May was reportedly the most violent month in El Salvador in the last 20 years, and there is little sign that any respite from the violence lies ahead.
La Prensa Grafica reported that 16 people were killed on May 31, bringing the total number of homicides for the month of May to 622. That day also marked the close of President Sanchez Ceren's first full year in office.
Sanchez, a former guerrilla leader, campaigned on a platform that championed his credentials to fight organized crime and improve citizen insecurity. Since his election, his administration's security strategy has been characterized by the complete reversal of the gang truce that was at the center of the previous government's approach. On May 30, Sanchez noted on Twitter that citizen security is a "complex subject that will not be resolved overnight."
The final homicide tally for the month of May comes after a reported drop in violence on May 23-24, during the nationwide celebrations for the beatification of Archbishop Oscar Romero. Leaders of the MS13 and Barrio 18 took credit for the drop in homicides, asserting they had declared a ceasefire to honor the late Archbishop.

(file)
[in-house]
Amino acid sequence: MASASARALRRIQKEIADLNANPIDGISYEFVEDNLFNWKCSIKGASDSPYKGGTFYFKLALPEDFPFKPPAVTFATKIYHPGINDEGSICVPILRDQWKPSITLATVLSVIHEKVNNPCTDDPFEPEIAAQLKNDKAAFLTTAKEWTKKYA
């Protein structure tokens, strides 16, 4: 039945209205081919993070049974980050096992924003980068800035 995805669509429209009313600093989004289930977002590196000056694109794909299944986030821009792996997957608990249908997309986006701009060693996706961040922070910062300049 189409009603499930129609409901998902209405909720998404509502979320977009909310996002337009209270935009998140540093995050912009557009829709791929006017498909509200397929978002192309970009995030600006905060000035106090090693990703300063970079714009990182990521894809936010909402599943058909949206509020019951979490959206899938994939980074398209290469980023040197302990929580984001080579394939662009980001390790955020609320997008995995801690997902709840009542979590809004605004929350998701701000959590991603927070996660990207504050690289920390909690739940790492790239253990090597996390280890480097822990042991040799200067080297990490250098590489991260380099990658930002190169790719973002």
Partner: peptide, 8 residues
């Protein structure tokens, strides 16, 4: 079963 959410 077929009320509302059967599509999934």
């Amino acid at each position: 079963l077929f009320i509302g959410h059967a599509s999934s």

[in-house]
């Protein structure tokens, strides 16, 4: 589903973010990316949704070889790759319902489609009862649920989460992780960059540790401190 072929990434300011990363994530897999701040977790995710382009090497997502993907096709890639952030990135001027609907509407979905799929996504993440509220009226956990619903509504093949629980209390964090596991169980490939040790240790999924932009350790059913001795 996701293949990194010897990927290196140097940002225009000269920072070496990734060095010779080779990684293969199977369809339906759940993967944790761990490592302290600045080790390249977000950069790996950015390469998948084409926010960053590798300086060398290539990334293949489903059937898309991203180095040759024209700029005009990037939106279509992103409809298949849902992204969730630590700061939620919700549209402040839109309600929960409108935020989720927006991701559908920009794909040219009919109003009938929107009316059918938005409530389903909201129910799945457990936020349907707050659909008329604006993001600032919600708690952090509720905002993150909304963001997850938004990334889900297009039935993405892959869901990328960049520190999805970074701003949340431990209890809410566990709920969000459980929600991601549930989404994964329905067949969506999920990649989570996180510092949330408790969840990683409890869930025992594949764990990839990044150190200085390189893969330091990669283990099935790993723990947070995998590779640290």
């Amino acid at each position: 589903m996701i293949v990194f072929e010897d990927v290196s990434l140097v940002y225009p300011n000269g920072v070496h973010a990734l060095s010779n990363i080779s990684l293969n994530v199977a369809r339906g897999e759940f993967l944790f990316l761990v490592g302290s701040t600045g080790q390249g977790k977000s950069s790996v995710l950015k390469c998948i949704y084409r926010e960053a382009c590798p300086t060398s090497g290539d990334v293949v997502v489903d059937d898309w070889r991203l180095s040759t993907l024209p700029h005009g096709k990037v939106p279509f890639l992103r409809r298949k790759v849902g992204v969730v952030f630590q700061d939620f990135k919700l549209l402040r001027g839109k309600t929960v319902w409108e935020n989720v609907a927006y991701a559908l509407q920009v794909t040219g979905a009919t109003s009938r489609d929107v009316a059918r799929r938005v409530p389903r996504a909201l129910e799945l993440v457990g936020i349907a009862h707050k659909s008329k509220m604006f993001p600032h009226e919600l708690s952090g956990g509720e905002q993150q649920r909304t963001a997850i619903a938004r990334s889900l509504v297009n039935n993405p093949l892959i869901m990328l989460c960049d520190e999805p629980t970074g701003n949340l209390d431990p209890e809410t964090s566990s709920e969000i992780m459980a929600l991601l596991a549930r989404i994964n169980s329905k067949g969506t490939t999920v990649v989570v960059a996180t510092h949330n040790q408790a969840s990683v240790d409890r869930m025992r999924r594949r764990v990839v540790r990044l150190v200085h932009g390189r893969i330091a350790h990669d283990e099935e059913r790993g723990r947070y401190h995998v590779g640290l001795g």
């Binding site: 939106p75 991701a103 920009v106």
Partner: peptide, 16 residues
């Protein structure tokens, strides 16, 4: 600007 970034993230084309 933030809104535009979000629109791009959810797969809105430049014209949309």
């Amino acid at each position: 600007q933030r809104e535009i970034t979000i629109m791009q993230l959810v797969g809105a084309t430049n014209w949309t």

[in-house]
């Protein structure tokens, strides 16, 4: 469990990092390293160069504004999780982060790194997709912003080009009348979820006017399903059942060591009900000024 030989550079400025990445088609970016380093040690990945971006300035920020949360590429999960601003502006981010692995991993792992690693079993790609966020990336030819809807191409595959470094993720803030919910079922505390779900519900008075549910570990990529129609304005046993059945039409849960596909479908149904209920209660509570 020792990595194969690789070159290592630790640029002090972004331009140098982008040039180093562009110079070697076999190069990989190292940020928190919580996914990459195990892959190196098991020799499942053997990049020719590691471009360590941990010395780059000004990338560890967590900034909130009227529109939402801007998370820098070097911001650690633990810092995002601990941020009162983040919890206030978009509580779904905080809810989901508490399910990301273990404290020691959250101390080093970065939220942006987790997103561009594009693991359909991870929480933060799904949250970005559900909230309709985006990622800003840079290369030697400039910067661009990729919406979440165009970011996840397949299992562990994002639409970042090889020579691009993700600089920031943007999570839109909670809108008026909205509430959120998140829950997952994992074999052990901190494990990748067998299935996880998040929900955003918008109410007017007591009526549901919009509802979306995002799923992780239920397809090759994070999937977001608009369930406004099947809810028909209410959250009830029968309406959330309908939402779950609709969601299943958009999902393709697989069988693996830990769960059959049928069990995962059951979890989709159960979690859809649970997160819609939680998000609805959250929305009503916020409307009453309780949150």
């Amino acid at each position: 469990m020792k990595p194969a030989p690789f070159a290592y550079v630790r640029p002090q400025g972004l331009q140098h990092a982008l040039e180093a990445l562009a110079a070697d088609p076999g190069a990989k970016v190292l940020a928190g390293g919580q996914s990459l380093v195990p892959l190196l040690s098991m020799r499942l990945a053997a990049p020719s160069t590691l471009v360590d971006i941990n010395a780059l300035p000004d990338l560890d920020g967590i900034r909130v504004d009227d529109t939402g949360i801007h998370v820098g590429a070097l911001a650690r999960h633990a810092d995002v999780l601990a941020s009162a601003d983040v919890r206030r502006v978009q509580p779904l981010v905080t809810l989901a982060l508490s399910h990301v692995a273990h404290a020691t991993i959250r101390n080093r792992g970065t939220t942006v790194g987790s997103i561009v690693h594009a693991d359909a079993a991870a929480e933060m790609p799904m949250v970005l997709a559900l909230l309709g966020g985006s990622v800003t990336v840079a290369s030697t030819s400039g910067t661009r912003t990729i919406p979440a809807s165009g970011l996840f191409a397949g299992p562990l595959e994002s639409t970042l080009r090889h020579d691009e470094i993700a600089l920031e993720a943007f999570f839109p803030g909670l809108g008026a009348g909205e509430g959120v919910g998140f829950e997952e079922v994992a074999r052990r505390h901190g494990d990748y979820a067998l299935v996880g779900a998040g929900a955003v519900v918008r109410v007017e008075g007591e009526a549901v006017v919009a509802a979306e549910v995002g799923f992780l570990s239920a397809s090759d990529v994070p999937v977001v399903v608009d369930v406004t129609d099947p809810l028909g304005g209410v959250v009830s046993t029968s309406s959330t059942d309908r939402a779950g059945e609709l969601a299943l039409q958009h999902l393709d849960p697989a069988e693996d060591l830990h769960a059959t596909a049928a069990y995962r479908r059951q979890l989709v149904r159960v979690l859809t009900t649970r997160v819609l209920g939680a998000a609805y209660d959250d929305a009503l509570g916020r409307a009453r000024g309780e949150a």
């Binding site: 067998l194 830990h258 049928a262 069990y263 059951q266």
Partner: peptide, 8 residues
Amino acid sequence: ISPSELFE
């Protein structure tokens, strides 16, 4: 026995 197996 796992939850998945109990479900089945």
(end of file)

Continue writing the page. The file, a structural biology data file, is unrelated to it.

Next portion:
InSight Crime Analysis
El Salvador's dramatic escalation of violence -- which includes increased hostilities between the gangs and the police -- is the latest indication that the country is indeed essentially "at war." El Salvador had previously seen its most violent month in a decade in March.
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Earlier this year, the Sanchez government released a plan for reducing violence in the long-term, with a billion-dollar proposal that emphasized crime prevention over a more militarized policy. Such an approach would presumably be complemented by the $1 billion aid package that the US has allocated for Central America, which also emphasizes a "softer" approach.
While this influx of US assistance would undoubtedly be a gamechanger for El Salvador if allocated appropriately, in practice President Sanchez has promoted a more hardline strategy, recently announcing the deployment of the military to the streets. With these record homicide numbers coming in, the government is undoubtedly under pressure to act as though it is taking dramatic action to address the security crisis. But regardless of any long or short-term plan for reducing homicides, the uncomfortable truth may be that for now, the gang leaders have a much greater ability to control El Salvador's homicide levels rather than any state authority.